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Date: 23 September 2017

  Zimbabwean - Soccer

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Soccer age restrictions cause a stir in Zim

[Posted 25 Mar 2011]
[By Brighton Mupangavanhu]
ZIFA is under fire from clubs and the players" union over the age restriction rule

A storm is brewing up in Zimbabwean football, after the Zimbabwe Football Association made a resolution that clubs competing in the country's second tier league, the First Division will only be allowed to register five players aged 25 years or older for the 2011 season.

The decision was made to encourage youth talent development in the country, and it is an ambitious move which has attracted opposition from some major stakeholders in the country.

"The aim is to encourage the development of the youth and of up and coming players," explained Solomon Mugavazi, ZIFA board member and Chairperson of the Northern Region.

Zimbabwe has four streams of First Division, namely Central region, Northern, Southern and  Eastern regions. The Northern region went even further and resolved to allow registration of a maximum of only 2 players aged 25 or above.

The clubs, who have faced opposition from within their own ranks, appear to be ready to back-track on their own resolution, and are set to ask ZIFA to reverse the decision to register only five over aged players.

With just a month to go before the First Division season kicks off, other clubs critical of the idea have decided to force the hand of ZIFA and reverse the decision by registering more than the maximum five over-aged players required.

"Most of our best players are over 25, so we've registered nine over-age players, and we'll wait for Zifa's response," Secretary of former PSL club Eiffel Flats, Emura Muponda said recently.

Muponda highlighted the possible hurdle ZIFA is likely to face in implementing this age rule, namely the unpreparedness of the clubs.

Clubs feel that they will be forced to be less competitive if forced to use younger players and discard the old-guard.

"Some of our senior players have running contracts with the club, so they are against this, and the coaches feel that it's a harsh decision as this league is very tough and they need their strongest players," Muponda added.

Ye another hurdle which ZIFA might have to contend with before the league's season kicks off is that of the constitutionality of the decision.

The Football Union of Zimbabwe, a players' representative union has already raised objections with ZIFA and is likely to take the matter to court if its views are rejected by the national soccer governing body.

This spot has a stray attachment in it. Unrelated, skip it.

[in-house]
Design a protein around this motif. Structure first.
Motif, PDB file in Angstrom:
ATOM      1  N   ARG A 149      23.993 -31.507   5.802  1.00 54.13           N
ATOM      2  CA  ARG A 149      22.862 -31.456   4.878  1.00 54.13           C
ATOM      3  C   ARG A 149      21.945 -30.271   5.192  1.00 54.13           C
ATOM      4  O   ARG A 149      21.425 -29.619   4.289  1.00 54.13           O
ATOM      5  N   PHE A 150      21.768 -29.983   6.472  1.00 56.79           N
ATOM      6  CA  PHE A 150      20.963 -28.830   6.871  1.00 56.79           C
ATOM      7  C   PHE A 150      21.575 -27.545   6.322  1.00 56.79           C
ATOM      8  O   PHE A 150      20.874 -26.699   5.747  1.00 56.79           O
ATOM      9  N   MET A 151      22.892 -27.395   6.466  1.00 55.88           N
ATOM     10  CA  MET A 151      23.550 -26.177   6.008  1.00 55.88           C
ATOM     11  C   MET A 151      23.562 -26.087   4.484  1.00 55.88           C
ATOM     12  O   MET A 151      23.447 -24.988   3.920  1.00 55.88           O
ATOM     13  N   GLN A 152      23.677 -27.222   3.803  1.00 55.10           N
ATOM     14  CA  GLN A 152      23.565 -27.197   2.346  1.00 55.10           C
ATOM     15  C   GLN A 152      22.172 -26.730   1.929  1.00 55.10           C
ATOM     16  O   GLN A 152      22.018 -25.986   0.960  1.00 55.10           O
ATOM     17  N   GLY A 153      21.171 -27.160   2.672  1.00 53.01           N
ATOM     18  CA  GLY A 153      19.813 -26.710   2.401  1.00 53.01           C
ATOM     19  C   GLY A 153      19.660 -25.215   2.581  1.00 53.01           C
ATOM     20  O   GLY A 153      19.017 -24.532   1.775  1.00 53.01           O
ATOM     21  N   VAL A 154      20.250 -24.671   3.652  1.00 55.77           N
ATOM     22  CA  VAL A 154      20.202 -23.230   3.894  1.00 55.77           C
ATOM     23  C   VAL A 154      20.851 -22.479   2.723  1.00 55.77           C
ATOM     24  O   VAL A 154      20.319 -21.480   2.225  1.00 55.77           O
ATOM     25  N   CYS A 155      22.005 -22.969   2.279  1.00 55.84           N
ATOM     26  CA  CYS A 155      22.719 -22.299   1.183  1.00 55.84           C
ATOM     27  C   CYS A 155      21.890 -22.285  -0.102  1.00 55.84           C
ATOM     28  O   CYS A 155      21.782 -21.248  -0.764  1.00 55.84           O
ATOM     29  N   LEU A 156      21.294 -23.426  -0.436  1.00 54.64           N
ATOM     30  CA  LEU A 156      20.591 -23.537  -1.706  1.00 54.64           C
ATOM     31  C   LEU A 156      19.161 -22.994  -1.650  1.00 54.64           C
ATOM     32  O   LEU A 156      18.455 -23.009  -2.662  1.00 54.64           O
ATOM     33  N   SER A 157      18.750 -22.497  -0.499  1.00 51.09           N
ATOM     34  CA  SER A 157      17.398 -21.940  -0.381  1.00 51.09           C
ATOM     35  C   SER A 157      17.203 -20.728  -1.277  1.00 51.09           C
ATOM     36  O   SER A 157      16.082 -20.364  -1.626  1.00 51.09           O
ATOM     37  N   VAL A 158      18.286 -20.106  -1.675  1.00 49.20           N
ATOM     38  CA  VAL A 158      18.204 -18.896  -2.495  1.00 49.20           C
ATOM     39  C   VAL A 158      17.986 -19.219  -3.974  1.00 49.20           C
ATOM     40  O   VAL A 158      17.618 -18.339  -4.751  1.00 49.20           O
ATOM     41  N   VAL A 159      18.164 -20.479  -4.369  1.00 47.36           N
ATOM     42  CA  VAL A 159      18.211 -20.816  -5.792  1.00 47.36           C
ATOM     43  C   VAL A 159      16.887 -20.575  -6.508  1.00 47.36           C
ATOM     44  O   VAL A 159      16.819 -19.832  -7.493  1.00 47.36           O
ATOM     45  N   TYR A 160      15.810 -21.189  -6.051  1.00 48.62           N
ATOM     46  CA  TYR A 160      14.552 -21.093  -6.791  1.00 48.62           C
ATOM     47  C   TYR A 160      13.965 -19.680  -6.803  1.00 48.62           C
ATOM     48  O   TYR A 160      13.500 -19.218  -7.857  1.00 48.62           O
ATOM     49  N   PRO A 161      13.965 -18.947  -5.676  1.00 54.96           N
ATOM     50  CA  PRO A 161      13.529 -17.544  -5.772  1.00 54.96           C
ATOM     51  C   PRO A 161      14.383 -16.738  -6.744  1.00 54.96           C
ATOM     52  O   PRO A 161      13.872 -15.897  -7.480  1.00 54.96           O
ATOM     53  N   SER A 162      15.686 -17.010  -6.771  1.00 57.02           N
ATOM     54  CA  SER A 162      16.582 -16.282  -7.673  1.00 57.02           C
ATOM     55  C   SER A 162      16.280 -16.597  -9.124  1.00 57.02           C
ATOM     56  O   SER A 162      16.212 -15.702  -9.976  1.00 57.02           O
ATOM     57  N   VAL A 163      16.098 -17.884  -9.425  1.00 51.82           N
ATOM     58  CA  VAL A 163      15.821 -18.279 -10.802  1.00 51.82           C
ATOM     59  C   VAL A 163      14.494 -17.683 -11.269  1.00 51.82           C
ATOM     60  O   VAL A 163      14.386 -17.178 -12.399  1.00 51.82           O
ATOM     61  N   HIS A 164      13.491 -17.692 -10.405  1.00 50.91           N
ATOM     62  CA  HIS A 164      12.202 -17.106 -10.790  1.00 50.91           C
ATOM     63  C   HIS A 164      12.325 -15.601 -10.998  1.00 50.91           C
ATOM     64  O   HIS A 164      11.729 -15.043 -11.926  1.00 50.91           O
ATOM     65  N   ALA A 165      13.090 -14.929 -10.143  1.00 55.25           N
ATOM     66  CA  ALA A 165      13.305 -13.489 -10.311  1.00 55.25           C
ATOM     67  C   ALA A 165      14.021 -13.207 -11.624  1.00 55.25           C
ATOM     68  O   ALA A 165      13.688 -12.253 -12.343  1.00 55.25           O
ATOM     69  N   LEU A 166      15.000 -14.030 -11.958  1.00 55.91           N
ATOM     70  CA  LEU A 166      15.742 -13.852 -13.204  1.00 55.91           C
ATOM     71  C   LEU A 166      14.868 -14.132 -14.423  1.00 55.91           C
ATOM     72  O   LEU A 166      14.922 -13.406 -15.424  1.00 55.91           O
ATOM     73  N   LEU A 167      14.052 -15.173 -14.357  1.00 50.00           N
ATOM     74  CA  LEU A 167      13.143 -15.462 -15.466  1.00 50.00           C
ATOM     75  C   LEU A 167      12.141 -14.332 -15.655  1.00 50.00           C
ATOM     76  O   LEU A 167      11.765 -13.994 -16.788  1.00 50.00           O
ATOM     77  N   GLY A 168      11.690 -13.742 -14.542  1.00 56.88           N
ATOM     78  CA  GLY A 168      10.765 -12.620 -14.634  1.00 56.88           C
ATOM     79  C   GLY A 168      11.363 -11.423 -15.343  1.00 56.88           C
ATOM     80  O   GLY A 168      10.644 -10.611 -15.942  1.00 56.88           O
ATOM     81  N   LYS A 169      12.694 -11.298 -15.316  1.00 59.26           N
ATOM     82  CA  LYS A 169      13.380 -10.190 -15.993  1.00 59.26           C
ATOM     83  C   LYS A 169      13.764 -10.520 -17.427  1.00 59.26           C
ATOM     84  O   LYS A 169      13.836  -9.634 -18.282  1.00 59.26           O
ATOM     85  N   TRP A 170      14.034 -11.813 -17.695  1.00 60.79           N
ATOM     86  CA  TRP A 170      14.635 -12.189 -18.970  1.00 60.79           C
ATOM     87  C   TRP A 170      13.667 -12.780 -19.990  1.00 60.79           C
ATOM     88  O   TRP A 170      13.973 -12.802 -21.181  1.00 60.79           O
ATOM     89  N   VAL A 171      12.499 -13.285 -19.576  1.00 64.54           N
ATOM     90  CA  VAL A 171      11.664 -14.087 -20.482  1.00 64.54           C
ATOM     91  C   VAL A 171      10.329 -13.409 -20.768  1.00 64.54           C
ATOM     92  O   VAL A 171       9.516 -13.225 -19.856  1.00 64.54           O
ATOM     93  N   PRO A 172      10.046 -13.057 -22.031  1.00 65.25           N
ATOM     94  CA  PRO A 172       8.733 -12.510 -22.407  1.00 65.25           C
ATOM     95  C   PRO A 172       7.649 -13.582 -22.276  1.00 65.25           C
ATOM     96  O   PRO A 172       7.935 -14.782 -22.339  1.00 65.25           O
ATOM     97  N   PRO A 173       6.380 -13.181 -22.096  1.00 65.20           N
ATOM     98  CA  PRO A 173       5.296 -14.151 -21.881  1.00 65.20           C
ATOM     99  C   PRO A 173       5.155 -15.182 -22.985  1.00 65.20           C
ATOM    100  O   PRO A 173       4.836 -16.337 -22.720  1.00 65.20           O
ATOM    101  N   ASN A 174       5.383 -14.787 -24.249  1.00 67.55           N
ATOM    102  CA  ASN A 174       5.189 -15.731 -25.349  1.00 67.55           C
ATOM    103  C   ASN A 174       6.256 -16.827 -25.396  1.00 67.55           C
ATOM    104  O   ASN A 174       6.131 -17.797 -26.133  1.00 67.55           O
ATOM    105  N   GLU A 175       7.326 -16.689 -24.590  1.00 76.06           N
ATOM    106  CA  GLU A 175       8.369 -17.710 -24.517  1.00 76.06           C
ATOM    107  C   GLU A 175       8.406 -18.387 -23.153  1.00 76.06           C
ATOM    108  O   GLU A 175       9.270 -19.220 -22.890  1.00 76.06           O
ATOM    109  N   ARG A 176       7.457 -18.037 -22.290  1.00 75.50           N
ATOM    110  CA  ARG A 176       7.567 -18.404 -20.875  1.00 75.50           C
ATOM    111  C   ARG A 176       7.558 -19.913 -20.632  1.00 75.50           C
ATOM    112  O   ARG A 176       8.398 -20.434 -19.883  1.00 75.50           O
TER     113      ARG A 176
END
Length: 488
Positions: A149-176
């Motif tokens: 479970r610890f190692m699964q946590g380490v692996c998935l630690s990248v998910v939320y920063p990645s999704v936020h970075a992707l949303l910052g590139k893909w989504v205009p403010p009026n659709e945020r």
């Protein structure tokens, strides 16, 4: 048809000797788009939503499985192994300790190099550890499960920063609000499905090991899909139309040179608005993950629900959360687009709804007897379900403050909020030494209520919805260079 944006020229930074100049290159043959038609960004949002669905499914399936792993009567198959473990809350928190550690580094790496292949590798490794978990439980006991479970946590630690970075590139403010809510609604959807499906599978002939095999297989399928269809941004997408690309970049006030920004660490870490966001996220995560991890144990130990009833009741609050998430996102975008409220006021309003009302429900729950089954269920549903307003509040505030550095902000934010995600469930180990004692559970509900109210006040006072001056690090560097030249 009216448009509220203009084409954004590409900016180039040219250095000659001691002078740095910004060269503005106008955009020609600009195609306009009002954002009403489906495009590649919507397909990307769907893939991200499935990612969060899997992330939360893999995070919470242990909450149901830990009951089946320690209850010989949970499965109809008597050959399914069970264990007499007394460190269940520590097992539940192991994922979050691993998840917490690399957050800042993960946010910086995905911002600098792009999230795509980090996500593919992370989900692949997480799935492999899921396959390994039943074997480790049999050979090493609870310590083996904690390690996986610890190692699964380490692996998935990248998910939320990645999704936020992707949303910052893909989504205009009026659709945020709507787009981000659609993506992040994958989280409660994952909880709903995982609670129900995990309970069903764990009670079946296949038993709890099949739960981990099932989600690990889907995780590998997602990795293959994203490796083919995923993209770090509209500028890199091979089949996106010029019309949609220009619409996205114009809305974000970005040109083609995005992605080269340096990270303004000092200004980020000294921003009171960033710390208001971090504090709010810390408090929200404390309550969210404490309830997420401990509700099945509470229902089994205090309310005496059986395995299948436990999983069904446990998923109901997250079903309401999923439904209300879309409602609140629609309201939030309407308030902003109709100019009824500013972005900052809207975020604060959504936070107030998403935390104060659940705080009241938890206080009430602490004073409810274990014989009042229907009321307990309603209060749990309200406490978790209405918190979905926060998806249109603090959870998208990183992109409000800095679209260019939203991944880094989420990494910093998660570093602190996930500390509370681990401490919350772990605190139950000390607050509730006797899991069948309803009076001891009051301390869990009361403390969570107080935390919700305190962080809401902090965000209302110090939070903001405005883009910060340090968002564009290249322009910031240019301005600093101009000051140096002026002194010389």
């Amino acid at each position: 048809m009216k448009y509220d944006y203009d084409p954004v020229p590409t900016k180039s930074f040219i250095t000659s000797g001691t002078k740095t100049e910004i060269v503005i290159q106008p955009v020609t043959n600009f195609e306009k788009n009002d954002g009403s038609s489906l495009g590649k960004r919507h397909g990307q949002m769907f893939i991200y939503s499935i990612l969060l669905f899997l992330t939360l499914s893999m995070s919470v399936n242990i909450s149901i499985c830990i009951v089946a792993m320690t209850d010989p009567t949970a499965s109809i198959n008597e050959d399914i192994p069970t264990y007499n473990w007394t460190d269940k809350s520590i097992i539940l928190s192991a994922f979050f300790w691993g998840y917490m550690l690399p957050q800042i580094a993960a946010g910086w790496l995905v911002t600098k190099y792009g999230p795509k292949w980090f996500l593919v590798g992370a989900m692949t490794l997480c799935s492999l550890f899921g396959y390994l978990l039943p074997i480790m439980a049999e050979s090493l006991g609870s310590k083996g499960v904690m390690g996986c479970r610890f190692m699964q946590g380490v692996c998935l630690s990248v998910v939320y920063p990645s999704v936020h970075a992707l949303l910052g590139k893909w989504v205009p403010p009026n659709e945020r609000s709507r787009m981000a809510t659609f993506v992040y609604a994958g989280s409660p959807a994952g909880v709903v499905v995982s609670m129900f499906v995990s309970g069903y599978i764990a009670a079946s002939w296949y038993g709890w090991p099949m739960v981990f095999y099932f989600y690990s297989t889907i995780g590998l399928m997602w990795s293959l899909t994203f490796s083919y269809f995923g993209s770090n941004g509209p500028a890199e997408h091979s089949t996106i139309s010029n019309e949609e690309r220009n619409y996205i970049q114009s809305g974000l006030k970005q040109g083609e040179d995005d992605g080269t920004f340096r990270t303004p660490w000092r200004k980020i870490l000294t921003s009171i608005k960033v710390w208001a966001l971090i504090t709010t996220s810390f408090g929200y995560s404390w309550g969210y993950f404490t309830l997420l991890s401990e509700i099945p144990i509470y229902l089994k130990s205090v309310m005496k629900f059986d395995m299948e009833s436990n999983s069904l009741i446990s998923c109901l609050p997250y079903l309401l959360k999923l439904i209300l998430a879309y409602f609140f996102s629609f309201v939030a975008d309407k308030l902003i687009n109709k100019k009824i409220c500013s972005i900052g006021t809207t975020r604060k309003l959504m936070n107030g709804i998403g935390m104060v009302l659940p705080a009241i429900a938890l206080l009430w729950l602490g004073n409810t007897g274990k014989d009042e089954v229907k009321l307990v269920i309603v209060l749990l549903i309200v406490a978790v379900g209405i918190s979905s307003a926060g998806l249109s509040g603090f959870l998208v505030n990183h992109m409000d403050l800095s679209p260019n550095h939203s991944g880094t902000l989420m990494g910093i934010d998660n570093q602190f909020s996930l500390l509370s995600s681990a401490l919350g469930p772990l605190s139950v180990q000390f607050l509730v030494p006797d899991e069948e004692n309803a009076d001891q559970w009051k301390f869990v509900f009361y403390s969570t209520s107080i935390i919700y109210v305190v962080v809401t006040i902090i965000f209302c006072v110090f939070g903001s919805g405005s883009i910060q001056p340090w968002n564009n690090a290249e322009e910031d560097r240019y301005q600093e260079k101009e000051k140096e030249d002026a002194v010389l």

"It's discrimination. The first division is a professional league, and there's no article in the Zifa constitution saying that over-age players should be prohibited," declared FUZ Secreatary General Paul Gundani.

The former Warriors' hardman further argued that there is a better platform to develop young talent other than turning the 2nd tier of Zimbabwean soccer into a youth league.

"If we want to develop football we need to get a junior league up and running, rather than turning the first division into a junior league," Gundani argued.

Gundani reveals further that the players to be affected by the new rules might have been left in the dark by the nation's football chiefs, and he argues that as a result, his association is under pressure from its constituency.

"Many players have been phoning us to say that they are against the idea as they stand to lose their livelihood," Gundani revealed. 

While giving young soccer players a chance to develop their talent in a competitive league like the First division is a commendable move, nothing suggests that proper consultation with all major stakeholders preceded ZIFA's decision.

There is a general consensus in Zimbabwean football circles that proper attention must be given to junior football development. Zimbabwe has enough talent to win CAF or even world youth tournaments.

The thought and gesture by the mother soccer governing body is a step in the right direction, and needs to be commended.

It is however unlikely that all First Division clubs will be able to raise squads of 25 players who are under the age of 25 between now and the lower league's kick-off.

ZIFA might be forced to shelve the plans until after proper consultation with the players' union, the clubs who seem unhappy with the move, and other key stakeholders whose buy-in is essential for the success of the project.

For any project to succeed, you need the support of those on whom success and progress hinges. The players and the clubs are without a doubt, key stakeholders, whose views ZIFA need to consider before implementing this noble idea. 


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